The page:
Iran has many motivations for pusuing a nuclear weapons program
Although no one has produced a “smoking gun” proving that Iran has a nuclear weapons program, the timing, scope, and long secrecy of the program have led many observers to conclude that Iran either had or has one. In addition, their public statements and actions point to the many factors that may be motivating them to pursue a nculear weapon.
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Although the Iranian socio-political environment is complex and markedly changeable, there is a general belief in the value of advanced technology, and a perception of nuclear power as a symbol of modernity. When faced with the argument that a country so well endowed with oil and gas does not need nuclear power, the immediate reply is to point to a fifth of electricity already generated by hydro-electric power, and the argument that oil and gas are too valuable to be used for electricity generation, especially given Iran’s indigenous reserves of uranium ores. In terms of public attitudes, it is clear that a range of opinion formers from across the political and religious spectrums believe that Iran has every right to develop a nuclear fuel cycle. It is also the widespread view that Iran has the right to develop nuclear weapons should the country’s security require it.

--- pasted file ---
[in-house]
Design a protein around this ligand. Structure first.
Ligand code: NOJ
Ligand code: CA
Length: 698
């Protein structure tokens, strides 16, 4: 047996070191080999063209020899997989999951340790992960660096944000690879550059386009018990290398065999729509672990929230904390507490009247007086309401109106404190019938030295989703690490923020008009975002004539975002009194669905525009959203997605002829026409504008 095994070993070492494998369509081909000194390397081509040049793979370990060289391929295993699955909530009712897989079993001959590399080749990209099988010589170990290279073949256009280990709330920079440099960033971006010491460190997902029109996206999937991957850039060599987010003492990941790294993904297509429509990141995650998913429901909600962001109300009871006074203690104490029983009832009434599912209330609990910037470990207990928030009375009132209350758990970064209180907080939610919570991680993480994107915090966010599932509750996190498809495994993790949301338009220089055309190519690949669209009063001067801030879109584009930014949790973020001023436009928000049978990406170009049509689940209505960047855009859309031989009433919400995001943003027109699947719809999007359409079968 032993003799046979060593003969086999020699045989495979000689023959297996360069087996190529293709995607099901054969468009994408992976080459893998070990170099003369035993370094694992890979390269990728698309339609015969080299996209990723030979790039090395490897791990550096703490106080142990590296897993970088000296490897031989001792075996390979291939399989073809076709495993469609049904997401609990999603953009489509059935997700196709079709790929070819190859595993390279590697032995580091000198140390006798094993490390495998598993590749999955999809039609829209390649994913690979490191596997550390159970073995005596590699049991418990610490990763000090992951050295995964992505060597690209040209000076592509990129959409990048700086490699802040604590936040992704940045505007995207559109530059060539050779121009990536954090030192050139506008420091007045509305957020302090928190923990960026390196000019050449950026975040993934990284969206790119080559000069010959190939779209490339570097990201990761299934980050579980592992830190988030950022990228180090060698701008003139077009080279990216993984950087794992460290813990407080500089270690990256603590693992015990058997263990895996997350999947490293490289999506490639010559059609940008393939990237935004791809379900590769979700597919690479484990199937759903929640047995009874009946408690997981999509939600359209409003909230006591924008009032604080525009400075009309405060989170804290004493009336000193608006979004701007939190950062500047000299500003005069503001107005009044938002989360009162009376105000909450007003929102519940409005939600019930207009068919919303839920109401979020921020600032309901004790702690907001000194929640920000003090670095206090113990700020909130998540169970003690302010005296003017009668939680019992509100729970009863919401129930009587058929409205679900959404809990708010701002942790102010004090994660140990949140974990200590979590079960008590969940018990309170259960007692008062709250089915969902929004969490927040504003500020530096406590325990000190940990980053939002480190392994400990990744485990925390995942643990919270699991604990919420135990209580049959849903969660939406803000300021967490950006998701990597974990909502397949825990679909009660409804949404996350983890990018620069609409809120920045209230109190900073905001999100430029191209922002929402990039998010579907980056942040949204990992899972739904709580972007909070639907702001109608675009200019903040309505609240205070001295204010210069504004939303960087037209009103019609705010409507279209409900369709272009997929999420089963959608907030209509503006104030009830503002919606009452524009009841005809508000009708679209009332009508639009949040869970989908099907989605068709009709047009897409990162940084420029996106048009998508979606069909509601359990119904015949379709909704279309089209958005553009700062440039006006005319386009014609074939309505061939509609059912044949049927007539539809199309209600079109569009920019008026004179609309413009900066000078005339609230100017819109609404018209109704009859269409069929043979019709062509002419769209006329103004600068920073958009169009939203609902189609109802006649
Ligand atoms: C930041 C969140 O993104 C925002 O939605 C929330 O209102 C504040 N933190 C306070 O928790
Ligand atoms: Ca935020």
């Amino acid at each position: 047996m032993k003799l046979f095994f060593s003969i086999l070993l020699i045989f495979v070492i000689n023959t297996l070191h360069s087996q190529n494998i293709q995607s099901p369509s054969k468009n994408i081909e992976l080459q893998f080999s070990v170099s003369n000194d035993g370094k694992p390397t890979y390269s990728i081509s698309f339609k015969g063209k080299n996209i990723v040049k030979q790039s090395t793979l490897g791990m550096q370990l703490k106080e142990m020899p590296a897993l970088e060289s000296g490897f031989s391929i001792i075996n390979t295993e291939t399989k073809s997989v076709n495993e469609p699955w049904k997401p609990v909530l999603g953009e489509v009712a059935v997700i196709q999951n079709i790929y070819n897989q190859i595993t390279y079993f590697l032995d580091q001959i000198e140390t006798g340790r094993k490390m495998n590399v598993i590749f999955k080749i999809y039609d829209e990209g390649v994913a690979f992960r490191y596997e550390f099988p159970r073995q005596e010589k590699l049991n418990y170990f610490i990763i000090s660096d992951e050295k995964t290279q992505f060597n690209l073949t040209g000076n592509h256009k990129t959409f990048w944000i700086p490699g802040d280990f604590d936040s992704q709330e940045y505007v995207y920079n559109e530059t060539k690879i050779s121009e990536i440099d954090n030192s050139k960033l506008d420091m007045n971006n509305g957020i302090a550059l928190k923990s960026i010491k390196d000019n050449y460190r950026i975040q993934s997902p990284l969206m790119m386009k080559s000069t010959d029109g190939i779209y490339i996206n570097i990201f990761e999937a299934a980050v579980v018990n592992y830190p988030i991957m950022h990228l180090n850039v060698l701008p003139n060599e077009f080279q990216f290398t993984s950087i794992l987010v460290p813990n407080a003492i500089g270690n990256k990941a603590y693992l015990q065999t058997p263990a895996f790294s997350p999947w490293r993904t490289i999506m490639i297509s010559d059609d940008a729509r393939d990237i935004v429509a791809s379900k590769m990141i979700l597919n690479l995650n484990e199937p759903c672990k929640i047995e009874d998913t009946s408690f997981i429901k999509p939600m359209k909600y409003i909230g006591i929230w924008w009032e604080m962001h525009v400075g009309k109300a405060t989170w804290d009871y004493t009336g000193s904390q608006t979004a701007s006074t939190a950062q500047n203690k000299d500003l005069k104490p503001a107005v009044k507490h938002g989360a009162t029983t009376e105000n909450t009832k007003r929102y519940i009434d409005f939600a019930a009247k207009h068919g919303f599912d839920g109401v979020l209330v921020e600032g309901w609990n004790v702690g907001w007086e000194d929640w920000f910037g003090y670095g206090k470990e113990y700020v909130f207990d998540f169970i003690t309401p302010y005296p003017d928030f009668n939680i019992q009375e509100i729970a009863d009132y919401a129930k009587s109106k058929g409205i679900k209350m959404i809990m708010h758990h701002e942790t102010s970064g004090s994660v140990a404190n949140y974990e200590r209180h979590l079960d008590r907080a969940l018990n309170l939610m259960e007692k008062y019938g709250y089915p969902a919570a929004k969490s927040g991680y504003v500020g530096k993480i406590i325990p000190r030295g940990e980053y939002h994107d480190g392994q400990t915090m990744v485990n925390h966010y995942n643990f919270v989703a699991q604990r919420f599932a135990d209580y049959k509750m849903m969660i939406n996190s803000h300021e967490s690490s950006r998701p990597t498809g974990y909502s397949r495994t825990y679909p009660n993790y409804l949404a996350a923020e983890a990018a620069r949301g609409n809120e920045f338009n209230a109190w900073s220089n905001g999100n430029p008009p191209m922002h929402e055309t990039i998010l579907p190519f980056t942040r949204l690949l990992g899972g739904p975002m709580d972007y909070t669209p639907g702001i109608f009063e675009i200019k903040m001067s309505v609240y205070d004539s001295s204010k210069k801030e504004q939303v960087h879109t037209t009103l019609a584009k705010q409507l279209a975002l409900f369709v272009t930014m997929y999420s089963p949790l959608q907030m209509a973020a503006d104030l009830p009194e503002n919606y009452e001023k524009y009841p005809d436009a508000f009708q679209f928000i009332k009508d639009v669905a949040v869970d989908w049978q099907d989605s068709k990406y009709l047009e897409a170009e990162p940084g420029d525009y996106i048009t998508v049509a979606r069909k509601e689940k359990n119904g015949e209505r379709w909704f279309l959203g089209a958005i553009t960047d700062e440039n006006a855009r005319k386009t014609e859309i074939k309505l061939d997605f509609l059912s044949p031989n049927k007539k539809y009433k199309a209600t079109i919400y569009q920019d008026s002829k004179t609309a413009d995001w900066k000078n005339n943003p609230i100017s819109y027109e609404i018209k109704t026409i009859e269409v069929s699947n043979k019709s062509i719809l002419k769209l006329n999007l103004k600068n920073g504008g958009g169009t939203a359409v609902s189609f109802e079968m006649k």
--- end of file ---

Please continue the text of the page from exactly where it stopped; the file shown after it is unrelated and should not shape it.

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The evidence presented to the Iranian government by the IAEA about alleged military-related research has been based on intelligence received from IAEA member states about work at Iranian research and military organizations pointing to a possible nuclear weapons program. Among these activities are studies of high explosives (HE); conversion of uranium dioxide into uranium tetrafluoride (which might indicate work on the preparation of uranium metal for a bomb); testing of high-voltage equipment for activation of HE detonators and devices for simultaneous activation of several detonators; development of guidelines for assembling and operating a detonation system; plans for the organization of underground tests; testing of a multipoint system for initiation of an HE unit of hemispheric shape; biographical data showing the involvement of an Iranian expert in calculations of the radius of a nuclear explosion ball using the Taylor-Sedov equation, etc.